Some years ago Al Stark wrote this article for the Queens Gazette about visits to the Sunnyside Garden arena to watch pro wrestling with his dad, brother, and friends. The arena is gone now, but oh the memories of driving down Queens Boulevard, the Champs-Elysee of Queens, and of doing great stuff with your family.
Sunnyside Gardens Lives On in Memories
As I think back to 1962, it seems like light years ago, although many visions are still fresh in my mind.
On many a Tuesday evening, when my father would return from work in the Garment Center, he would eat his dinner and we would get ready for our journey into the night. My brother Lloyd and I and maybe Val, Stevie Raskin, and Cubby would pile into our Chrysler…Sunnyside Gardens here we come.
We always took the same route south down Jewel Avenue, with the 1964 World’s Fair and Shea Stadium under construction on the horizon. We moved west onto Queens Boulevard past the high rise apartments of Forest Hills, listening to B. Mitchell Reed on WMCA Radio, 570 on the dial. Queens Boulevard seemed like such a majestic promenade with Jahn’s Ice Cream Parlor, Alexander’s Department Store, the Trylon movie house and the White Castle in Rego Park with its gourmet burgers for only 8 cents. We used to pass the Elks Club, with a new automobile being auctioned off and proudly displayed high above the road, the bumper car ride at the Fairyland Amusement Park, where now the Queens Center mall sits on a very valuable piece of real estate, and the rows of used car lots in Elmhurst, with great deals for everyone! We always stopped at the same candy store in Woodside where my father used to give me a quarter to purchase two special cigars that would be safely tucked into his inside jacket pocket. We proceeded to approach the elevated train above, past Steven’s Appliance Store, with only a few blocks to go to our magical destination.
The anticipation was building. Who would wrestle in the Dark Match, positively not shown on television? Ring announcer Johnnie Addie, nattily attired in his black tuxedo, would step into the ring and the mayhem would begin. My brother would ask him for his autograph every week, sometimes twice in one night, and he always signed, smiling with a friendly pat on the head. We never seemed to have any tickets. Out came those two cigars and my father would give them to the gentleman with the stogie between his teeth at the box office and we would march to ringside. After the usher received his customary tribute, we had our seats and that would be our home for the next three hours. Bearcat Wright lifting my brother on his shoulders and carrying him into the ring to the cheering crowd was music to our ears. From Australia, The Fabulous Kangaroos hurling cardboard boomerangs, as we scrambled for every last one of them.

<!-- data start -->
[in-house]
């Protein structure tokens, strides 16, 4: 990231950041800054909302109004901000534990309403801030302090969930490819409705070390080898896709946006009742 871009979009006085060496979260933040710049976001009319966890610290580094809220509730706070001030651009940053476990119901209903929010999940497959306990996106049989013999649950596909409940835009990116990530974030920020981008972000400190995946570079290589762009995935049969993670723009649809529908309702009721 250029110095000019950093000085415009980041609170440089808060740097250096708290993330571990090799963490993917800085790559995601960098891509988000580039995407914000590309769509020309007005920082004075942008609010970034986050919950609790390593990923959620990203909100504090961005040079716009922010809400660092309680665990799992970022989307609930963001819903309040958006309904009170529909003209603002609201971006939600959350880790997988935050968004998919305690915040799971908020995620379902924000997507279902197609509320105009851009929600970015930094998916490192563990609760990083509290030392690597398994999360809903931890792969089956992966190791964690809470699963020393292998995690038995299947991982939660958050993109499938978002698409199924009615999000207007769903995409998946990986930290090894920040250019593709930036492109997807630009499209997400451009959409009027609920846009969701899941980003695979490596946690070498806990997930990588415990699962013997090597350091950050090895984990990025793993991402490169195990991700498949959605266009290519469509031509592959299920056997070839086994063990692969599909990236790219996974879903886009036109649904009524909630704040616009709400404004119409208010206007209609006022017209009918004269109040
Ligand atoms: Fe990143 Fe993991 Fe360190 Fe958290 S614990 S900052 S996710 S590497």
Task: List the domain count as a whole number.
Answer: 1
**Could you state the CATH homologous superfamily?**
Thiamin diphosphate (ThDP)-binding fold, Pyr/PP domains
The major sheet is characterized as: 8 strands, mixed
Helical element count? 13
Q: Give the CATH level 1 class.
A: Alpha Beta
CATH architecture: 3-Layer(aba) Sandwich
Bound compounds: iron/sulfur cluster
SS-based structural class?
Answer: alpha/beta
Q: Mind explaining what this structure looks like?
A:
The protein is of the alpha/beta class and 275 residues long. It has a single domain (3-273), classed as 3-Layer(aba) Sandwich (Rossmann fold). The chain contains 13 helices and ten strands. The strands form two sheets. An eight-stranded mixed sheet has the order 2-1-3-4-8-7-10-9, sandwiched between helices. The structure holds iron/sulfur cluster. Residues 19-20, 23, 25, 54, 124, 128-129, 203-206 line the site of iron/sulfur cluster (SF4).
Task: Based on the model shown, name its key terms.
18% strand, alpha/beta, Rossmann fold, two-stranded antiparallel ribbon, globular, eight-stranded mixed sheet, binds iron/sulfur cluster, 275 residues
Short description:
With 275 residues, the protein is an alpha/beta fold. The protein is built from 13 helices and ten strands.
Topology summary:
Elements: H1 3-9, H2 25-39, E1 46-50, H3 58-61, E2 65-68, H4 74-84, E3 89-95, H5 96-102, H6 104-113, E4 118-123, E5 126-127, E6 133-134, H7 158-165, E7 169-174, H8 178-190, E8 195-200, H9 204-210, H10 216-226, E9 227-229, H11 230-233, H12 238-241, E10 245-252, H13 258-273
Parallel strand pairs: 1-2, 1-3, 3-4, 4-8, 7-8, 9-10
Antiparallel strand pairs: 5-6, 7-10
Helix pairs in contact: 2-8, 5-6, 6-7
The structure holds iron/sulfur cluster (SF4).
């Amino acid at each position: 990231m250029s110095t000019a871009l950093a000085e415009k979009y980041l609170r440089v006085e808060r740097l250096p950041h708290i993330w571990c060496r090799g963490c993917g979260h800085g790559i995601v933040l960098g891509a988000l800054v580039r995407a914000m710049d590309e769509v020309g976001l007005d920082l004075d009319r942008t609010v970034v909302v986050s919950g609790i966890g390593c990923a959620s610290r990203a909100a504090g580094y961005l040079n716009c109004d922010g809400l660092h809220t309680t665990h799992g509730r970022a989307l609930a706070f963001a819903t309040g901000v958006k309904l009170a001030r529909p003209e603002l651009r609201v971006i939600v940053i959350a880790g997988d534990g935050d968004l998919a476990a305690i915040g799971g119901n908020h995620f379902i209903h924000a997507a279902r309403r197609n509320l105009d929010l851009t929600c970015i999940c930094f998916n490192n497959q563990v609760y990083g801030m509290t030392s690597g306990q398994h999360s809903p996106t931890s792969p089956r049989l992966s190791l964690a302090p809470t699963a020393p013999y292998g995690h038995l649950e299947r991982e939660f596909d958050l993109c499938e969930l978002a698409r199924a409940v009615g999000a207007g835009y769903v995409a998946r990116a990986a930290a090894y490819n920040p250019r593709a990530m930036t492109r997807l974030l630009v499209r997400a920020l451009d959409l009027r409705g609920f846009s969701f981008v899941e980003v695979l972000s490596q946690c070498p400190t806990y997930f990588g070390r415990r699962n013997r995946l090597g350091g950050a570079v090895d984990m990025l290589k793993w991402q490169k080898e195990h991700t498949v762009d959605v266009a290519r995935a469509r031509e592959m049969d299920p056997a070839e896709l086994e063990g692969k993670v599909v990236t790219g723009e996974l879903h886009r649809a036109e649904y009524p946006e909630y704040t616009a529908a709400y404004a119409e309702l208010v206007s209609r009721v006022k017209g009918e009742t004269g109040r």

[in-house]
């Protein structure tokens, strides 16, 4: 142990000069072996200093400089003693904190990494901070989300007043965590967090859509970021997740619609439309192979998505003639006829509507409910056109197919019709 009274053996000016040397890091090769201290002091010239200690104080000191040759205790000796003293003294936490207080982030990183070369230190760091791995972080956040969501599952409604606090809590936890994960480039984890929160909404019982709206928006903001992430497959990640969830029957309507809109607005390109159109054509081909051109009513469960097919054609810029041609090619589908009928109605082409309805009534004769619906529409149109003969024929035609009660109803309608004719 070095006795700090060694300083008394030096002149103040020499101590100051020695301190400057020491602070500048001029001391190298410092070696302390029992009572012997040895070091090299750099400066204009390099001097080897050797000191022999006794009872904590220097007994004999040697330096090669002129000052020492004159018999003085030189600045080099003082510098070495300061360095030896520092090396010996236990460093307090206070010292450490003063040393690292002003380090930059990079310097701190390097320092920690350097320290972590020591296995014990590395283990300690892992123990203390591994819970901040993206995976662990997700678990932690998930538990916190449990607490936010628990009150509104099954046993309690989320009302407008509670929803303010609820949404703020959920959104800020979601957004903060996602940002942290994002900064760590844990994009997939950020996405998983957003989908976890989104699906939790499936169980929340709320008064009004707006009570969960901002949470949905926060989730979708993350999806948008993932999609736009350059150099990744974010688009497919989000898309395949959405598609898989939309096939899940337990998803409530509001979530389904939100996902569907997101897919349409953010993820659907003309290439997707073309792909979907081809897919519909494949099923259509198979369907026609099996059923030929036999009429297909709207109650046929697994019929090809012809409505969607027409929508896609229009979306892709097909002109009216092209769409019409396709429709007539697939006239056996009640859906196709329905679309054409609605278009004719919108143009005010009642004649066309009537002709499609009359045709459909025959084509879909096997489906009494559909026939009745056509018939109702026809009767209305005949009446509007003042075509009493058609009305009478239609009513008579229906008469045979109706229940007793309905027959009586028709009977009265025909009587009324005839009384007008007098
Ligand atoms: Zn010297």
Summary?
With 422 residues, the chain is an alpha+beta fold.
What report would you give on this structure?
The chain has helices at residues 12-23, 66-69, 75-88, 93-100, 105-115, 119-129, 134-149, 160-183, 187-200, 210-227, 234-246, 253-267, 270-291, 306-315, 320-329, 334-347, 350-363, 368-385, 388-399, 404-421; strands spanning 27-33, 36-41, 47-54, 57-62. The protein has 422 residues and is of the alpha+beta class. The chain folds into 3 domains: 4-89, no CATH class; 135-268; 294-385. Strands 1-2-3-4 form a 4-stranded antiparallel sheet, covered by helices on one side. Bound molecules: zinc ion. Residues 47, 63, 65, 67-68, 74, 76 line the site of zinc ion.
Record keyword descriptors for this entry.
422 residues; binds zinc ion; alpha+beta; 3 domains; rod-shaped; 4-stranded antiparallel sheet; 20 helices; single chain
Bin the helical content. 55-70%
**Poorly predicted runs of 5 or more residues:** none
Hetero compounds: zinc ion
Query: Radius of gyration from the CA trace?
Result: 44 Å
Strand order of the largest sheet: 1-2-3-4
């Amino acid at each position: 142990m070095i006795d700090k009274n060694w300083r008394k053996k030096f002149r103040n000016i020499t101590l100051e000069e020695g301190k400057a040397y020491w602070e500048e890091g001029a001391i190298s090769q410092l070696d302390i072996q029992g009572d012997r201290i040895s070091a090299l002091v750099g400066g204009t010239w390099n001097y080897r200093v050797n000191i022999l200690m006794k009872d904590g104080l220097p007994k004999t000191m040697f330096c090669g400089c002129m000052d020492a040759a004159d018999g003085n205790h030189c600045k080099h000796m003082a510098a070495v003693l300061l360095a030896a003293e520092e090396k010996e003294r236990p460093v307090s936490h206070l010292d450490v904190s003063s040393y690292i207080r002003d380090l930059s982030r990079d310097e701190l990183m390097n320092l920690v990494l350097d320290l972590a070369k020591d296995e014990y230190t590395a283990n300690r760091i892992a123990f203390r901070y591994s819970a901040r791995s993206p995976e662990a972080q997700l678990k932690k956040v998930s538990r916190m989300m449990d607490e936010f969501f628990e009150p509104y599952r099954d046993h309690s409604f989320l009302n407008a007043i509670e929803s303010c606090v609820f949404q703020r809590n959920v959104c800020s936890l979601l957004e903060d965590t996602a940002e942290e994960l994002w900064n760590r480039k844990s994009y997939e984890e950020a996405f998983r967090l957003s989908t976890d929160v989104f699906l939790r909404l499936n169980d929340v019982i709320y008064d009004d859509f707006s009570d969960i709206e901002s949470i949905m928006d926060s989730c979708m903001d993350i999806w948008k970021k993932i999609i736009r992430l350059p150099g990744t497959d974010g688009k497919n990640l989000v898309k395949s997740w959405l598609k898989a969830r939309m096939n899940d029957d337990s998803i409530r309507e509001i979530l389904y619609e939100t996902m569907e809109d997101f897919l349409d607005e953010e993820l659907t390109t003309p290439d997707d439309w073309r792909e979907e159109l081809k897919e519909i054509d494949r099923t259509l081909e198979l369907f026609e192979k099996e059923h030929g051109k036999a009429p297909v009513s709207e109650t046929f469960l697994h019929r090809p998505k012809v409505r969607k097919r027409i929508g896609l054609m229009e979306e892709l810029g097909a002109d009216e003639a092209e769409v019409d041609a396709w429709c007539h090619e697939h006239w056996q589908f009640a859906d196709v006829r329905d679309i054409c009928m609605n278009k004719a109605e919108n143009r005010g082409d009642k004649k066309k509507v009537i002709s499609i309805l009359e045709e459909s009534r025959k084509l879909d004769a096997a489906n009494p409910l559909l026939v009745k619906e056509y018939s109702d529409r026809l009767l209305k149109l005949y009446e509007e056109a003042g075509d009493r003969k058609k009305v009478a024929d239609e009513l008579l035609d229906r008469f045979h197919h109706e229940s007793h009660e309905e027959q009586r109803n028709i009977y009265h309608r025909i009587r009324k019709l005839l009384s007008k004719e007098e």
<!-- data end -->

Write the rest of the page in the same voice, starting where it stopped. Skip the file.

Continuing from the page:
We used to wait by the dressing room door to watch these huge, gladiators come up from the darkness. Our mission was to sometimes get an autograph, or just stare at these strange looking villains, not wanting to get too close. A young Bruno Samartino with his crushing Backbreaker, “Nature Boy” Buddy Rogers strutting around the ring applying his dreaded submission hold, the Figure Four Leg Lock, a maneuver I used to use on my brother to end any confrontation. Cowboy Bob Ellis and his Bull Dog Headlock, Skull Murphy and the big-nosed bald-headed guy in the third row always holding up a painting of Skull’s menacing mug as he muttered obscenities and the crowd hissed and booed. Did Gorilla Monsoon really come from Manchuria? Did the Destroyer wear his mask at the dinner table? Would Miguel Torres, the Mexican Bull, ever win a match? Was Chief Big Heart really part of a tribe or was he from the Bronx? Did Haystack Calhoun really weigh 601 pounds? Did it really matter that Baba the Giant couldn’t speak English, even though I saw him order a hot dog and soda at the concession stand? One night we gave Argentina Apollo a lift to the subway station and, in the three-block ride, my brother and I just stared at him afraid to utter a single word. We had programs from every week, 8 by 10 photos pasted, taped, and glued to our bedroom walls in the Pomonok Houses in Flushing. We didn’t care if it was scripted and choreographed. These were nights of staying up late, reporting back to school about who you saw in the “Squared Circle”, memories of Bobo Brazil, Karl Von Hess, Lou Albano, Hans Mortier, Mark Lewin and Don Curtis.
These were real times, real moments of spending time with my father, who probably did not even like wrestling too much but enjoyed hanging out with his sons and their friends. He was the chauffeur, chaperone and banker —He was our father!
There are a new generation of grapplers, masked men and tag teams. Who would have known that my father would be gone before the start of the next decade. Who would have imagined that my kid brother would be gone way too soon.
I don’t really watch professional wrestling anymore, but I often think back on those days that I spent with my father, brother and friends, and that ride in our old Chrysler down Queens Boulevard so many, many miles ago.